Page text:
Spectracide Weed Killer for Lawns

Overview

Spectracide Weed Stop for Lawns plus Crabgrass Killer is made and marketed by Spectrum Brands of Madison, Wi. The herbicide is registered with the EPA as the Chemsico lawn and weed killer concentrate. Spectracide Weed Stop is a systemic herbicide, meaning that it is transported through plant vascular systems. It is post-emergent, meaning that it targets visible weeds; it is applied when weeds are out of the ground and growing.

Active Ingredients

The active ingredients in Spectracide Weed Stop are 5.67 percent 2,4-D, 1.34 percent MCPP, also called mecoprop and .63 percent dicamba. All three chemicals kill plants by disrupting their growth hormones.

Effectiveness

The combination of 2,4-D, MCPP and dicamba in Spectracide will kill most weeds with broadleaves. Clemson University agronomists recommends it for southern lawns because it also contains sulfentrazone, a plant growth inhibitor. This formulation acts quickly to kill nutsedges that are a special problem with lawns in the south, but a repeat application is sometimes necessary.

Conditions for Application

Spectricide should not be applied lawns in the heat, which can damage the turf. It is best applied when the temperature is between 65 and 85 degrees F. Spectricide may damage the turf and fail to control weeds if the grass is stressed by drought. The soil should be moist, not dry, but it is best to apply Spectracide if no rain is expected for one day. Do do not apply in the wind, which can blow the herbicide onto ornamental plants. Spectracide should be applied on newly seeded lawns at half the rate recommended on the label; the grass should be at least 3 inches tall. A newly seeded lawn should be mowed at least three times before Spectracide is applied at the full recommended rate. A lawn should not be over-seeded for three weeks after a lawn is treated.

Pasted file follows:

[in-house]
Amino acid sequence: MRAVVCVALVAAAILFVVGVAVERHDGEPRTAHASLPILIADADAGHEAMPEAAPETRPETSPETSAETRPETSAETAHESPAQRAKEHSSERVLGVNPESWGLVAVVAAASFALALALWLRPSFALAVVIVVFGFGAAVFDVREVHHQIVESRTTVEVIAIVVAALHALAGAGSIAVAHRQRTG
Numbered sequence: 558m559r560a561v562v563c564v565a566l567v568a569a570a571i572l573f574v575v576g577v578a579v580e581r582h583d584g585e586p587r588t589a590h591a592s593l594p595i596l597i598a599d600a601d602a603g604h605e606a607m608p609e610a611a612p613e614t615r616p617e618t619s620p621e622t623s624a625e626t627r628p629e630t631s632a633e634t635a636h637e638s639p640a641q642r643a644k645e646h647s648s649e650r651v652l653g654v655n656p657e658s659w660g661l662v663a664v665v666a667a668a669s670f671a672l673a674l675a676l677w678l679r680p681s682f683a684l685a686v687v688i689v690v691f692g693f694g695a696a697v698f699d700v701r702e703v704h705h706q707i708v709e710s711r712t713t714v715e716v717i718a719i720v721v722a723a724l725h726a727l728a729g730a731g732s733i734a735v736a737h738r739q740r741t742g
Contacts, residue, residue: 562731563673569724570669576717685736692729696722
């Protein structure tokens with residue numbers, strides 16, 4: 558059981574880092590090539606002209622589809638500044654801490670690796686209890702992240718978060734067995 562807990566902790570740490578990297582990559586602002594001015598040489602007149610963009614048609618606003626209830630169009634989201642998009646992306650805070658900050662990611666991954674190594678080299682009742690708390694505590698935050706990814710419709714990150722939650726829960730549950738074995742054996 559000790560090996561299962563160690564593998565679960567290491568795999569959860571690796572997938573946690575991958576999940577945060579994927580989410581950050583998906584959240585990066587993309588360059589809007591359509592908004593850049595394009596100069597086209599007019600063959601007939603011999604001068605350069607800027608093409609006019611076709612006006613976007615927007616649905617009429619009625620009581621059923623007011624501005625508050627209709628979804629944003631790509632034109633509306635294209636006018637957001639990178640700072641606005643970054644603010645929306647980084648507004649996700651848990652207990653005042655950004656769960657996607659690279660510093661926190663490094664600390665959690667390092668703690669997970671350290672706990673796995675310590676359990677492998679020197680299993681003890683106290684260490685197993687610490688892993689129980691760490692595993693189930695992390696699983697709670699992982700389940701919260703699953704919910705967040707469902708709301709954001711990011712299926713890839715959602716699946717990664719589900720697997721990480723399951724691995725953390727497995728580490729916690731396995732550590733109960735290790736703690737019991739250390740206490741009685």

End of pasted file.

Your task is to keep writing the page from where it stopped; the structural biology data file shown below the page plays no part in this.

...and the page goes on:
Tips

Do not mow lawn before or after applying Spectracide; mowing reduces the grass surface that can be contacted by the herbicide. Spectracide works best on young weeds. Repeat applications 10 to 14 days apart may be needed.

Warning

Spectricide spray will kill ornamental plants if their roots are under the lawn or the spray drifts onto them. Spectricide is toxic if it is inhaled or ingested. Protective clothing should be worn during its preparation and application. Do not breatahe it in or get in on your skin.

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About this Author

Richard Hoyt, the author of 26 mysteries, thrillers and other novels, is a former reporter for Honolulu dailies and writer for "Newsweek" magazine. He taught nonfiction writing and journalism at the university level for 10 years. He holds a Ph.D. in American studies.